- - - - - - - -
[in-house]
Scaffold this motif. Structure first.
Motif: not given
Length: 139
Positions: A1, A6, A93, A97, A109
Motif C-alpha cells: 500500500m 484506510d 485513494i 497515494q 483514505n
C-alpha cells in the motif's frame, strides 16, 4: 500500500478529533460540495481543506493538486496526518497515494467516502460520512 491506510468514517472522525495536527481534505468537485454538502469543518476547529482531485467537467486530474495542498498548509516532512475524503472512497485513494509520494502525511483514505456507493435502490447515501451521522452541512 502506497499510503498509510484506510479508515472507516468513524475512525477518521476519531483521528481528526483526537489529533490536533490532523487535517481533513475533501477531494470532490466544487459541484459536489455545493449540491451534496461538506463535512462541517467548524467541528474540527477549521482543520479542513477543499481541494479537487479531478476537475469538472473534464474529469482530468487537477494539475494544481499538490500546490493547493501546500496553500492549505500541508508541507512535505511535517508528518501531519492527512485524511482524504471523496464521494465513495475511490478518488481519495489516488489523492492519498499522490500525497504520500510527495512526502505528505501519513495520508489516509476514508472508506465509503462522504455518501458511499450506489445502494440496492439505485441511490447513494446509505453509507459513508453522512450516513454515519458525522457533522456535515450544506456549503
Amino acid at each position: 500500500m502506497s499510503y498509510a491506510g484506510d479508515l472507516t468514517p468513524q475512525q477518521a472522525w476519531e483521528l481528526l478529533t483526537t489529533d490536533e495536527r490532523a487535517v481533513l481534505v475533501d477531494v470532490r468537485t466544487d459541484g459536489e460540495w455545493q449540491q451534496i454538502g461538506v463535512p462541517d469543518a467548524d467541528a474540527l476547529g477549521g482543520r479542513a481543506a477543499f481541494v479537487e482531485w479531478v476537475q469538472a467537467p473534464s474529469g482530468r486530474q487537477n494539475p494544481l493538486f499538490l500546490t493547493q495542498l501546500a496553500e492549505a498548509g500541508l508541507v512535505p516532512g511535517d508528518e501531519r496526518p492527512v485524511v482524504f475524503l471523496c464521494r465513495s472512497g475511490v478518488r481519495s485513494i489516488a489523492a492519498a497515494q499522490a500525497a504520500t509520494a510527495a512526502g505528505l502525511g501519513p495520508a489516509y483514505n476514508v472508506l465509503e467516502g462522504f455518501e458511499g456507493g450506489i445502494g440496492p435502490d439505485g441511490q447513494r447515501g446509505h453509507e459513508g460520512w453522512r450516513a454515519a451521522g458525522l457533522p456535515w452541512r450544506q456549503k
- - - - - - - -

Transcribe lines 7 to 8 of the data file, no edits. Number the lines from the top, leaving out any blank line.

C-alpha cells in the motif's frame, strides 16, 4: 500500500478529533460540495481543506493538486496526518497515494467516502460520512 491506510468514517472522525495536527481534505468537485454538502469543518476547529482531485467537467486530474495542498498548509516532512475524503472512497485513494509520494502525511483514505456507493435502490447515501451521522452541512 502506497499510503498509510484506510479508515472507516468513524475512525477518521476519531483521528481528526483526537489529533490536533490532523487535517481533513475533501477531494470532490466544487459541484459536489455545493449540491451534496461538506463535512462541517467548524467541528474540527477549521482543520479542513477543499481541494479537487479531478476537475469538472473534464474529469482530468487537477494539475494544481499538490500546490493547493501546500496553500492549505500541508508541507512535505511535517508528518501531519492527512485524511482524504471523496464521494465513495475511490478518488481519495489516488489523492492519498499522490500525497504520500510527495512526502505528505501519513495520508489516509476514508472508506465509503462522504455518501458511499450506489445502494440496492439505485441511490447513494446509505453509507459513508453522512450516513454515519458525522457533522456535515450544506456549503
Amino acid at each position: 500500500m502506497s499510503y498509510a491506510g484506510d479508515l472507516t468514517p468513524q475512525q477518521a472522525w476519531e483521528l481528526l478529533t483526537t489529533d490536533e495536527r490532523a487535517v481533513l481534505v475533501d477531494v470532490r468537485t466544487d459541484g459536489e460540495w455545493q449540491q451534496i454538502g461538506v463535512p462541517d469543518a467548524d467541528a474540527l476547529g477549521g482543520r479542513a481543506a477543499f481541494v479537487e482531485w479531478v476537475q469538472a467537467p473534464s474529469g482530468r486530474q487537477n494539475p494544481l493538486f499538490l500546490t493547493q495542498l501546500a496553500e492549505a498548509g500541508l508541507v512535505p516532512g511535517d508528518e501531519r496526518p492527512v485524511v482524504f475524503l471523496c464521494r465513495s472512497g475511490v478518488r481519495s485513494i489516488a489523492a492519498a497515494q499522490a500525497a504520500t509520494a510527495a512526502g505528505l502525511g501519513p495520508a489516509y483514505n476514508v472508506l465509503e467516502g462522504f455518501e458511499g456507493g450506489i445502494g440496492p435502490d439505485g441511490q447513494r447515501g446509505h453509507e459513508g460520512w453522512r450516513a454515519a451521522g458525522l457533522p456535515w452541512r450544506q456549503k